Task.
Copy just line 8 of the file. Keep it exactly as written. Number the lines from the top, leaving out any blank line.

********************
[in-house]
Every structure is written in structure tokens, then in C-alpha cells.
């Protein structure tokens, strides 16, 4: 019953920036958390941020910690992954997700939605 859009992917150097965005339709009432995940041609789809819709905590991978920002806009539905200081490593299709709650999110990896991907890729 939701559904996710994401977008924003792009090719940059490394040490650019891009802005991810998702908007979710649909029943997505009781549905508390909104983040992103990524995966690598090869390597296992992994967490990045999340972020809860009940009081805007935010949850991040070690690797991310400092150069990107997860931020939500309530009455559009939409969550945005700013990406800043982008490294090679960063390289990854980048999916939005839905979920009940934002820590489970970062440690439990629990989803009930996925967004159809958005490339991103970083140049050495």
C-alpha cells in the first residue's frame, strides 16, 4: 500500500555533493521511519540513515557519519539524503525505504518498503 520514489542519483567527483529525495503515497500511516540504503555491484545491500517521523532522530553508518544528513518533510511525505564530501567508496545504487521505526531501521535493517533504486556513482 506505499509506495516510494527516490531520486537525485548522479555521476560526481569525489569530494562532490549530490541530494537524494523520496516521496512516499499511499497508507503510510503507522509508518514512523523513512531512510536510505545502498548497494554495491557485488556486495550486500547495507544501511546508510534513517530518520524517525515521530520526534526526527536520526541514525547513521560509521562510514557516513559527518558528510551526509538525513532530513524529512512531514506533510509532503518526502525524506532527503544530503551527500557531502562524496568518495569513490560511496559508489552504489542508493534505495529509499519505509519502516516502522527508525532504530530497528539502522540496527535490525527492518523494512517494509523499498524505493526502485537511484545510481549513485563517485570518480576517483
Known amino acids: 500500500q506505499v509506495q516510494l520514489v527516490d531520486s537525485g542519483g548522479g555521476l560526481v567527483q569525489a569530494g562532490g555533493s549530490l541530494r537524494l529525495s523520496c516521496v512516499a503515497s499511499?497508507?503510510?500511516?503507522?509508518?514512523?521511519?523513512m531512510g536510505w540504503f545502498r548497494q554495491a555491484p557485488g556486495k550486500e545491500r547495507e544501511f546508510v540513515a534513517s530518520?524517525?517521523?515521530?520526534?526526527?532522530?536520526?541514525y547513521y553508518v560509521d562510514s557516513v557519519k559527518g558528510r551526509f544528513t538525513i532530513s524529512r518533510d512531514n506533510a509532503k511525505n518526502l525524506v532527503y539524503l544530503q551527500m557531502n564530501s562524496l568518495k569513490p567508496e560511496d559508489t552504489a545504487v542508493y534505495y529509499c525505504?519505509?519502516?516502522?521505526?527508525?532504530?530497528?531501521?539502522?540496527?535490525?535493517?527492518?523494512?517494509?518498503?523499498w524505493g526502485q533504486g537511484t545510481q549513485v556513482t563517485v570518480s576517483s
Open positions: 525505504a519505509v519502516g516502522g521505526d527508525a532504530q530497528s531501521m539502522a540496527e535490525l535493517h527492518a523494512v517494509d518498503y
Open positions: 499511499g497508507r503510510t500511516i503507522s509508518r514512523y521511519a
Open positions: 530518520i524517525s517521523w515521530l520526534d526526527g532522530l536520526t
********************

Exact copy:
Open positions: 530518520i524517525s517521523w515521530l520526534d526526527g532522530l536520526t